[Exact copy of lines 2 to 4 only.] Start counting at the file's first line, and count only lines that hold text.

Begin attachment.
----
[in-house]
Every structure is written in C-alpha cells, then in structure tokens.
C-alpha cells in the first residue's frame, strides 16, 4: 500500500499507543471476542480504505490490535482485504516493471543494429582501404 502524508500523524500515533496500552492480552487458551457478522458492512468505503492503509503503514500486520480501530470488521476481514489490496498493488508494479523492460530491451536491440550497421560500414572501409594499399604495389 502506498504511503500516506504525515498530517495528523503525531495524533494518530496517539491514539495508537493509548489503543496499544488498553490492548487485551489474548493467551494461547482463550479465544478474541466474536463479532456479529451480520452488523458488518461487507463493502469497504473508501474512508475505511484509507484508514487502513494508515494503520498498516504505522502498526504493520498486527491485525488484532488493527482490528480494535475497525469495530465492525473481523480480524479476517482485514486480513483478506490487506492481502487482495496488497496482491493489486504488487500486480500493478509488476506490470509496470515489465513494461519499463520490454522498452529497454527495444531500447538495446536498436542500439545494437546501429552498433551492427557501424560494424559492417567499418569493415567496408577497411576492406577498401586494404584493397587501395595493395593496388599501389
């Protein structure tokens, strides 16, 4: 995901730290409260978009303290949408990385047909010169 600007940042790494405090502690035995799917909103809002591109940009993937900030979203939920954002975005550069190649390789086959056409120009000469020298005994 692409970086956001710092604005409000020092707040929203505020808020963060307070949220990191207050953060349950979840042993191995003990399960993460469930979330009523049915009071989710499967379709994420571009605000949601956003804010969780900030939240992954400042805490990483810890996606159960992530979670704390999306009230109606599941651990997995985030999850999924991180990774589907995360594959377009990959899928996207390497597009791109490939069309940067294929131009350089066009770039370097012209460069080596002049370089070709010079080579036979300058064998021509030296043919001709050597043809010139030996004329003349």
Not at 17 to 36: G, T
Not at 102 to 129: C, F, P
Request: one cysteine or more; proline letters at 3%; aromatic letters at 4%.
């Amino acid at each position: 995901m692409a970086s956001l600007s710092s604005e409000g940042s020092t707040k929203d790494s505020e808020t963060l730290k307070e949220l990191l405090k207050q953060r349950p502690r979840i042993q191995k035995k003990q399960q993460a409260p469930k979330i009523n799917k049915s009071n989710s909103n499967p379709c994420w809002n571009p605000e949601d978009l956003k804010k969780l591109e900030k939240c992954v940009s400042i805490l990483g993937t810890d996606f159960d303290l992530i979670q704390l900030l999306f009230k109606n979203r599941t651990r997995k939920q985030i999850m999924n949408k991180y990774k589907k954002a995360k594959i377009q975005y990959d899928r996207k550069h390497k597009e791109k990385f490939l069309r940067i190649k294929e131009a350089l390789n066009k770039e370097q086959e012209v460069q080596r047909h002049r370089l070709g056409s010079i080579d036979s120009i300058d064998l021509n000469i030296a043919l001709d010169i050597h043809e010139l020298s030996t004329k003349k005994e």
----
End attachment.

Every structure is written in C-alpha cells, then in structure tokens.
C-alpha cells in the first residue's frame, strides 16, 4: 500500500499507543471476542480504505490490535482485504516493471543494429582501404 502524508500523524500515533496500552492480552487458551457478522458492512468505503492503509503503514500486520480501530470488521476481514489490496498493488508494479523492460530491451536491440550497421560500414572501409594499399604495389 502506498504511503500516506504525515498530517495528523503525531495524533494518530496517539491514539495508537493509548489503543496499544488498553490492548487485551489474548493467551494461547482463550479465544478474541466474536463479532456479529451480520452488523458488518461487507463493502469497504473508501474512508475505511484509507484508514487502513494508515494503520498498516504505522502498526504493520498486527491485525488484532488493527482490528480494535475497525469495530465492525473481523480480524479476517482485514486480513483478506490487506492481502487482495496488497496482491493489486504488487500486480500493478509488476506490470509496470515489465513494461519499463520490454522498452529497454527495444531500447538495446536498436542500439545494437546501429552498433551492427557501424560494424559492417567499418569493415567496408577497411576492406577498401586494404584493397587501395595493395593496388599501389
């Protein structure tokens, strides 16, 4: 995901730290409260978009303290949408990385047909010169 600007940042790494405090502690035995799917909103809002591109940009993937900030979203939920954002975005550069190649390789086959056409120009000469020298005994 692409970086956001710092604005409000020092707040929203505020808020963060307070949220990191207050953060349950979840042993191995003990399960993460469930979330009523049915009071989710499967379709994420571009605000949601956003804010969780900030939240992954400042805490990483810890996606159960992530979670704390999306009230109606599941651990997995985030999850999924991180990774589907995360594959377009990959899928996207390497597009791109490939069309940067294929131009350089066009770039370097012209460069080596002049370089070709010079080579036979300058064998021509030296043919001709050597043809010139030996004329003349």